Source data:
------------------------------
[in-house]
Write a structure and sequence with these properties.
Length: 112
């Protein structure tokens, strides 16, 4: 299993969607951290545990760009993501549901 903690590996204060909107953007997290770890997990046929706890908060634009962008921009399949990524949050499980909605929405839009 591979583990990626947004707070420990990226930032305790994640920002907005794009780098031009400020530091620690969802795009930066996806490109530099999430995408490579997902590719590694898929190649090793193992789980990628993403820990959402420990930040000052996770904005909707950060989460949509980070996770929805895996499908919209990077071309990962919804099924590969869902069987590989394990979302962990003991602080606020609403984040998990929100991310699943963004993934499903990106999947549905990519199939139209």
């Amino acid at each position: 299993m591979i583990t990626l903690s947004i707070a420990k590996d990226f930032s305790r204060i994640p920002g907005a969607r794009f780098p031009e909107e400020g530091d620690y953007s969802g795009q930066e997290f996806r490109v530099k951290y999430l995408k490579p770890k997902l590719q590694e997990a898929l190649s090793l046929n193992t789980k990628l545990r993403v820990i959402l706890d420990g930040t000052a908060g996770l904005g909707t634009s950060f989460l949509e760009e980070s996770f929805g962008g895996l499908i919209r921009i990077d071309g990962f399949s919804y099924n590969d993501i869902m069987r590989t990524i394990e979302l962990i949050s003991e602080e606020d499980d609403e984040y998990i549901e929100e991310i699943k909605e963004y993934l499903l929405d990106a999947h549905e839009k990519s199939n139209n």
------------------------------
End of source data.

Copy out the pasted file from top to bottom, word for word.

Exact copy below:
[in-house]
Write a structure and sequence with these properties.
Length: 112
């Protein structure tokens, strides 16, 4: 299993969607951290545990760009993501549901 903690590996204060909107953007997290770890997990046929706890908060634009962008921009399949990524949050499980909605929405839009 591979583990990626947004707070420990990226930032305790994640920002907005794009780098031009400020530091620690969802795009930066996806490109530099999430995408490579997902590719590694898929190649090793193992789980990628993403820990959402420990930040000052996770904005909707950060989460949509980070996770929805895996499908919209990077071309990962919804099924590969869902069987590989394990979302962990003991602080606020609403984040998990929100991310699943963004993934499903990106999947549905990519199939139209």
């Amino acid at each position: 299993m591979i583990t990626l903690s947004i707070a420990k590996d990226f930032s305790r204060i994640p920002g907005a969607r794009f780098p031009e909107e400020g530091d620690y953007s969802g795009q930066e997290f996806r490109v530099k951290y999430l995408k490579p770890k997902l590719q590694e997990a898929l190649s090793l046929n193992t789980k990628l545990r993403v820990i959402l706890d420990g930040t000052a908060g996770l904005g909707t634009s950060f989460l949509e760009e980070s996770f929805g962008g895996l499908i919209r921009i990077d071309g990962f399949s919804y099924n590969d993501i869902m069987r590989t990524i394990e979302l962990i949050s003991e602080e606020d499980d609403e984040y998990i549901e929100e991310i699943k909605e963004y993934l499903l929405d990106a999947h549905e839009k990519s199939n139209n």